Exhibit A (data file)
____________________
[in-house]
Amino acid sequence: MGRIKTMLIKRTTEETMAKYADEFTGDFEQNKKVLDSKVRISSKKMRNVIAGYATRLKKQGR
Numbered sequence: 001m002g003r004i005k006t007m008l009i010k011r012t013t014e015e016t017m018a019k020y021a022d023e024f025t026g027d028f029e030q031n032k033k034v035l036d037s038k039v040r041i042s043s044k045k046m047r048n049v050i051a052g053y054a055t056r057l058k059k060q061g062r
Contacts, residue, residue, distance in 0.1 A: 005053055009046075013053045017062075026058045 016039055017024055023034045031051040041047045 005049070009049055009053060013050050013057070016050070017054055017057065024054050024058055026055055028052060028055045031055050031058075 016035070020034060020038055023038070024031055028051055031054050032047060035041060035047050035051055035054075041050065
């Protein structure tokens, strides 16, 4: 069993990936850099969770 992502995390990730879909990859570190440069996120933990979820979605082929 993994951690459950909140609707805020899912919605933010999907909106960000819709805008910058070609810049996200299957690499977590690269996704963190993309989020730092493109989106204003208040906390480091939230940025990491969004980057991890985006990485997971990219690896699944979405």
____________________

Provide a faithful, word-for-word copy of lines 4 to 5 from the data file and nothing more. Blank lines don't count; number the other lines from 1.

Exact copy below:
Contacts, residue, residue, distance in 0.1 A: 005053055009046075013053045017062075026058045 016039055017024055023034045031051040041047045 005049070009049055009053060013050050013057070016050070017054055017057065024054050024058055026055055028052060028055045031055050031058075 016035070020034060020038055023038070024031055028051055031054050032047060035041060035047050035051055035054075041050065
């Protein structure tokens, strides 16, 4: 069993990936850099969770 992502995390990730879909990859570190440069996120933990979820979605082929 993994951690459950909140609707805020899912919605933010999907909106960000819709805008910058070609810049996200299957690499977590690269996704963190993309989020730092493109989106204003208040906390480091939230940025990491969004980057991890985006990485997971990219690896699944979405």